My friend Mark Casale and I were talking about Captain Beefheart last night (as we are often want to do) and were yucking it up over the surreal late-night TV commercial for the Beef's 1970 record, Lick My Decals Off, Baby (which I posted about last month).
This prompted Mark to ask me if I'd ever seen the bizarre promo video for Cat Steven's 1976 song, Banapple Gas. I'd never even heard of the song. It was a track on Steven's ninth studio record, Numbers. Numbers was composed as a concept album, subtitled "A Pythagorean Theory Tale."
[Numbers] was based on a fictional planet in a far-off galaxy named Polygor. The album included a booklet with excerpts from a planned book of the same name written by Chris Bryant and Allan Scott. The booklet features pen-and-ink illustrations drawn by Stevens.
The concept of the album is a fantastic spiritual musical which is set on the planet Polygor. In the story there is a castle with a number machine. This machine exists to fulfill the sole purpose of the planet – to disperse numbers to the rest of the universe: 1, 2, 3, 4, 5, 6, 7, 8, and 9 (but notably not 0). The nine inhabitants of Polygor, the Polygons, are Monad, Dupey, Trezlar, Cubis, Qizlo, Hexidor, Septo, Octav, and Novim. As the last lines of the book say, they "followed a life of routine that had existed for as long as any could remember. … It was, therefore, all the more shocking when on an ordinary day things first started to go wrong." The change takes the form of Jzero, who comes from nowhere as a slave and eventually confuses everybody with his simple truth. (Wikipedia)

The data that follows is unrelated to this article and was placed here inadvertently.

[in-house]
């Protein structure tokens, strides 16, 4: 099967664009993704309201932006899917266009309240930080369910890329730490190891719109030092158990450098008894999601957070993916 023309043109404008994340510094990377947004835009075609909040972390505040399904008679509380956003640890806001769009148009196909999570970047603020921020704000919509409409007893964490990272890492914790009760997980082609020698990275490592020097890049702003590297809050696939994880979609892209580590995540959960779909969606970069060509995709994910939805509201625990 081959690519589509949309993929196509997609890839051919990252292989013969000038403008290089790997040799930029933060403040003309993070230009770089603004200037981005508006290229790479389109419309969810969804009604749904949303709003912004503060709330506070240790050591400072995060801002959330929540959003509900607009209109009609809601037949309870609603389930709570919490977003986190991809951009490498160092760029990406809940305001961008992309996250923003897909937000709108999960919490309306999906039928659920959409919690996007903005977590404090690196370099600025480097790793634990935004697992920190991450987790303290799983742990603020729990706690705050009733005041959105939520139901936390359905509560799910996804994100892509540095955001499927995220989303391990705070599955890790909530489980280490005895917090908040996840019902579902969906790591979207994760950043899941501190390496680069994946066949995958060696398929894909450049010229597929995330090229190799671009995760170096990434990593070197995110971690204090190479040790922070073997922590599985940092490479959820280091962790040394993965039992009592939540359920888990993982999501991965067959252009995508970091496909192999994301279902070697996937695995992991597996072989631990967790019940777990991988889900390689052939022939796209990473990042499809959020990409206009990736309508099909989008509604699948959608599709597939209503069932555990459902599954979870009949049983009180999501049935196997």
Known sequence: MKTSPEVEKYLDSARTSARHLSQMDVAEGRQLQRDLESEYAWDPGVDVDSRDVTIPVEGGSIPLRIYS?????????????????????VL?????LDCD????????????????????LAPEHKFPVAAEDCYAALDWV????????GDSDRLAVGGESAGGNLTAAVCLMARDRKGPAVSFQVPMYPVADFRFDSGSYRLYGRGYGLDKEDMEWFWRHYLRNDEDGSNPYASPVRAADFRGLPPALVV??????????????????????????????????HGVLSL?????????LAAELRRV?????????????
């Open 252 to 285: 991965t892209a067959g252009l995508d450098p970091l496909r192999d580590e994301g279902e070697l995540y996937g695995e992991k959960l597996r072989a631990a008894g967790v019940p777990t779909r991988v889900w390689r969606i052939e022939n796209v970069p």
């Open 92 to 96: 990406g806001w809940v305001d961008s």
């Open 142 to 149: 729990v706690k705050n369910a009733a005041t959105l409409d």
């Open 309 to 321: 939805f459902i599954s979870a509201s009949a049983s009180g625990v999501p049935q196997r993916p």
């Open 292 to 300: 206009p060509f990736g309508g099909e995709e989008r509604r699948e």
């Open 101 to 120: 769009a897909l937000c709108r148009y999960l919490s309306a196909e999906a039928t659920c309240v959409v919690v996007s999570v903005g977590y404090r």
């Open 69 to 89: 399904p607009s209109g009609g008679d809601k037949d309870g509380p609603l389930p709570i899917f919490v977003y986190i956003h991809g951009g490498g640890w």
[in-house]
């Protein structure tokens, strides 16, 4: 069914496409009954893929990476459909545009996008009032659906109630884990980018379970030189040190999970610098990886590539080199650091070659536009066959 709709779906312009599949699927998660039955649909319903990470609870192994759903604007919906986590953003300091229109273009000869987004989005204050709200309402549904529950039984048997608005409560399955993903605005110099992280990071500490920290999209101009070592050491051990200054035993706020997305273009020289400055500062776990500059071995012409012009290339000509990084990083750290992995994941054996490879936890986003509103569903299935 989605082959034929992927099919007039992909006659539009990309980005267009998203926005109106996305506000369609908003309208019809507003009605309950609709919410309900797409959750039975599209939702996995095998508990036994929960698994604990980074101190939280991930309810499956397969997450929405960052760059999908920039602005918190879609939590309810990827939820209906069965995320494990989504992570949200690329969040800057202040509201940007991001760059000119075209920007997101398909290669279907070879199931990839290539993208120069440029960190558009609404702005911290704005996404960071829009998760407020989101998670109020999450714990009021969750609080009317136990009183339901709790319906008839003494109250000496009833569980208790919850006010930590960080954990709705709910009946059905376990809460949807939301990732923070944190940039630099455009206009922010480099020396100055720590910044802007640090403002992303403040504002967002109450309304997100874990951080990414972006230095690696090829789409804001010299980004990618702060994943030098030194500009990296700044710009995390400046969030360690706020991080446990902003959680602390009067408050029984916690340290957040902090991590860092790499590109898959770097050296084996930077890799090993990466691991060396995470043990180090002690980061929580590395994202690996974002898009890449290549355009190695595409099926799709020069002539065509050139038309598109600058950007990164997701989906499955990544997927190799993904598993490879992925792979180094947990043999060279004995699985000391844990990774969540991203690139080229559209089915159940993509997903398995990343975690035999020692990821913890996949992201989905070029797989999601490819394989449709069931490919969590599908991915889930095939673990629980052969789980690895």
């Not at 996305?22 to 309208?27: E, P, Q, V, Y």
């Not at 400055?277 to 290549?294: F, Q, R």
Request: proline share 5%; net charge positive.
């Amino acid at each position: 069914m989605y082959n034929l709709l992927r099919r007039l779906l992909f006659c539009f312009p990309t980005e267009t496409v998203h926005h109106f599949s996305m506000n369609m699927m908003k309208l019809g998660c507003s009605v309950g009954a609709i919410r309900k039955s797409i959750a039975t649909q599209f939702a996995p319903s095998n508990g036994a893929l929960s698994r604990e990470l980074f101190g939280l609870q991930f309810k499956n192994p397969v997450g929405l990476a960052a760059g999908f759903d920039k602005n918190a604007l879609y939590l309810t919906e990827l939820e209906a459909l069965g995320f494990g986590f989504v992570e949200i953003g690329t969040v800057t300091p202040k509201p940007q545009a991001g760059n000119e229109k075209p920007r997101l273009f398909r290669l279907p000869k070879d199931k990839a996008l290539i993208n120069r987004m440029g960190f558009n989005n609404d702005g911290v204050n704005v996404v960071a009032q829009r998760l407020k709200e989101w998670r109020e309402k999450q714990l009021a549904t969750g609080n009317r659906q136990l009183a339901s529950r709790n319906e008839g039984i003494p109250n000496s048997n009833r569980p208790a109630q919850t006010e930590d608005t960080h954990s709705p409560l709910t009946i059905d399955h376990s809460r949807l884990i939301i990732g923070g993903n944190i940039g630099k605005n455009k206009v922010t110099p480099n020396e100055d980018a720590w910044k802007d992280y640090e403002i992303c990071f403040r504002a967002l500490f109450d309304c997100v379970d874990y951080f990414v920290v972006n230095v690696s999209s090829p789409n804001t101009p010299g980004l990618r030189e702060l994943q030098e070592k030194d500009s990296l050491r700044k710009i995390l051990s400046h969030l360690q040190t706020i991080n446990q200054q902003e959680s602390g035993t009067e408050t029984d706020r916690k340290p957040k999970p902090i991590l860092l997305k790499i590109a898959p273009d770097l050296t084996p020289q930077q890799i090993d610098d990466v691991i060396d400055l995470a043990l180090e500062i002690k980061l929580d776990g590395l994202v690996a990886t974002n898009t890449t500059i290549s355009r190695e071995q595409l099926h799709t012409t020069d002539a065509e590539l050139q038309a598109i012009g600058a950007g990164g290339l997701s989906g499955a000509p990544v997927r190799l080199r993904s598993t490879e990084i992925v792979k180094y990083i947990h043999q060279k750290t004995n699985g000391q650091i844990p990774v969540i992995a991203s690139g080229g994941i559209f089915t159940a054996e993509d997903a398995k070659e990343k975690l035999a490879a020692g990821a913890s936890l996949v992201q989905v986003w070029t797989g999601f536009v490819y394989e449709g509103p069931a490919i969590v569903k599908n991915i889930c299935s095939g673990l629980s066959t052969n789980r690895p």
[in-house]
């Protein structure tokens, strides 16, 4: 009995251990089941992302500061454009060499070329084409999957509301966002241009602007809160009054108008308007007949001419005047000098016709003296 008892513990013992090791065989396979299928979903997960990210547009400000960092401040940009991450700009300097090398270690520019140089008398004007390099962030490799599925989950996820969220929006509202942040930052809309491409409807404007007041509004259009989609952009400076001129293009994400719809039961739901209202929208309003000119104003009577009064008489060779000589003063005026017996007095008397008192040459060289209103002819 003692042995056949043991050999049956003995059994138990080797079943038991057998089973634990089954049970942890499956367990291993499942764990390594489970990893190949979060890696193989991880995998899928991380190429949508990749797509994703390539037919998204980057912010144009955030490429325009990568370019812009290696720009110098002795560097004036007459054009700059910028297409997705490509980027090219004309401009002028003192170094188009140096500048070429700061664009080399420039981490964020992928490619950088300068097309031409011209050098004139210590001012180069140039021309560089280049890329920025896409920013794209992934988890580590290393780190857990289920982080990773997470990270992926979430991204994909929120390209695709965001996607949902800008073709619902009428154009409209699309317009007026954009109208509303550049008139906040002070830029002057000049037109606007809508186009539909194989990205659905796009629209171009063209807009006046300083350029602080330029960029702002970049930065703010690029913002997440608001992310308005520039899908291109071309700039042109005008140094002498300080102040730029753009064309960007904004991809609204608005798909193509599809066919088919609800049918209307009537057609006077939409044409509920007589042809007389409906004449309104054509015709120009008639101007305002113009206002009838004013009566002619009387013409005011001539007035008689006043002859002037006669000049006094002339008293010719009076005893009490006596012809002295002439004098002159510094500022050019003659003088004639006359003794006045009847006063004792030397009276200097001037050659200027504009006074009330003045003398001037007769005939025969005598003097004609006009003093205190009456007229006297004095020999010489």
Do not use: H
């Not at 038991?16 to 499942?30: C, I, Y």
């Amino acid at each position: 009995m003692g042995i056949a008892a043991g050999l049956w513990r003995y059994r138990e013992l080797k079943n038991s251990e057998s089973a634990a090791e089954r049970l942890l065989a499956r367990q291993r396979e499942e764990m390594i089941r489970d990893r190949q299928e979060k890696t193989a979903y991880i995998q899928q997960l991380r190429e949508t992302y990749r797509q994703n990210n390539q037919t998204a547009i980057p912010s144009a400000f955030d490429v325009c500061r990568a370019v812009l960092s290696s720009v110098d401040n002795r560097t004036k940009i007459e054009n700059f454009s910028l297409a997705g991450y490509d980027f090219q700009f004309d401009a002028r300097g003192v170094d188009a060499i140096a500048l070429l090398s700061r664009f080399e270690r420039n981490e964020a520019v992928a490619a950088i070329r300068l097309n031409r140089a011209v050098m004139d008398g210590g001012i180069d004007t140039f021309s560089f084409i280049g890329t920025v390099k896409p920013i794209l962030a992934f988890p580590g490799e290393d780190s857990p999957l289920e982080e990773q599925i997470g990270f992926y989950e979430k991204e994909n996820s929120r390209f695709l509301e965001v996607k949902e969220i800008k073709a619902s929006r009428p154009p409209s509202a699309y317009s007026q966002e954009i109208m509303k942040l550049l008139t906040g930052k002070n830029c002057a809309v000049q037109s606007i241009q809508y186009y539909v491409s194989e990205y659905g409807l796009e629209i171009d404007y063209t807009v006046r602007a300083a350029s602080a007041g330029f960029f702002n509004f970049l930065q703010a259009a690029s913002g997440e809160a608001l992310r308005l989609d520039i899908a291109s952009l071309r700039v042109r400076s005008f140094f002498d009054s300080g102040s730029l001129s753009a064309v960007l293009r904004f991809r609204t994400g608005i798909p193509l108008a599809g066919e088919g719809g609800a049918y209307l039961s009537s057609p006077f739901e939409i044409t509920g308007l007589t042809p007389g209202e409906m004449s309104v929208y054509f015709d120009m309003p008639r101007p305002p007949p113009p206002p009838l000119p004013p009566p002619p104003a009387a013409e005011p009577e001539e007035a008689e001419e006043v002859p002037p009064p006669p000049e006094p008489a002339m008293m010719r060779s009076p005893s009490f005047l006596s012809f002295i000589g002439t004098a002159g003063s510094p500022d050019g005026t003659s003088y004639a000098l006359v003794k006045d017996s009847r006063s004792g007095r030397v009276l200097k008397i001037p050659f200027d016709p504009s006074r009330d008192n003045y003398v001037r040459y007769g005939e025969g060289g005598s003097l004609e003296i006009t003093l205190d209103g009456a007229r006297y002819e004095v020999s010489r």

Um, sure. OK.
An online search also finds claims that Banapple Gas was a reference to Banadine (the mythic drug made from banana peels), a derivative form of LSD, and/or another name for Amyl Nitrite.